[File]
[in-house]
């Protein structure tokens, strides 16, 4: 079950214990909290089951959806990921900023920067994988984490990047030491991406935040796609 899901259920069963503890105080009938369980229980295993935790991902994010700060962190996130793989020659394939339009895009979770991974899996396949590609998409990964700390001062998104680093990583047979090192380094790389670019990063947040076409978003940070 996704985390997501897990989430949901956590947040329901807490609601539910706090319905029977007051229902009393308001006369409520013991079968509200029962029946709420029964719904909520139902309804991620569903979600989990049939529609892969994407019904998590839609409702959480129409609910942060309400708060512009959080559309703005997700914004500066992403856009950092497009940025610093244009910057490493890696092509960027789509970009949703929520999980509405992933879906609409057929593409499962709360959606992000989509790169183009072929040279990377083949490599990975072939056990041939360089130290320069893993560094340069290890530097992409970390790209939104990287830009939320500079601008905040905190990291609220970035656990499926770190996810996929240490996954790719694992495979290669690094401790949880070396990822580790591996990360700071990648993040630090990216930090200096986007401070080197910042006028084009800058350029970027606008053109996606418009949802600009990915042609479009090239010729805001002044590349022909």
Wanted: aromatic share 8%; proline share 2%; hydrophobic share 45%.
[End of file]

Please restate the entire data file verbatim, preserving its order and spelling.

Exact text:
[in-house]
């Protein structure tokens, strides 16, 4: 079950214990909290089951959806990921900023920067994988984490990047030491991406935040796609 899901259920069963503890105080009938369980229980295993935790991902994010700060962190996130793989020659394939339009895009979770991974899996396949590609998409990964700390001062998104680093990583047979090192380094790389670019990063947040076409978003940070 996704985390997501897990989430949901956590947040329901807490609601539910706090319905029977007051229902009393308001006369409520013991079968509200029962029946709420029964719904909520139902309804991620569903979600989990049939529609892969994407019904998590839609409702959480129409609910942060309400708060512009959080559309703005997700914004500066992403856009950092497009940025610093244009910057490493890696092509960027789509970009949703929520999980509405992933879906609409057929593409499962709360959606992000989509790169183009072929040279990377083949490599990975072939056990041939360089130290320069893993560094340069290890530097992409970390790209939104990287830009939320500079601008905040905190990291609220970035656990499926770190996810996929240490996954790719694992495979290669690094401790949880070396990822580790591996990360700071990648993040630090990216930090200096986007401070080197910042006028084009800058350029970027606008053109996606418009949802600009990915042609479009090239010729805001002044590349022909």
Wanted: aromatic share 8%; proline share 2%; hydrophobic share 45%.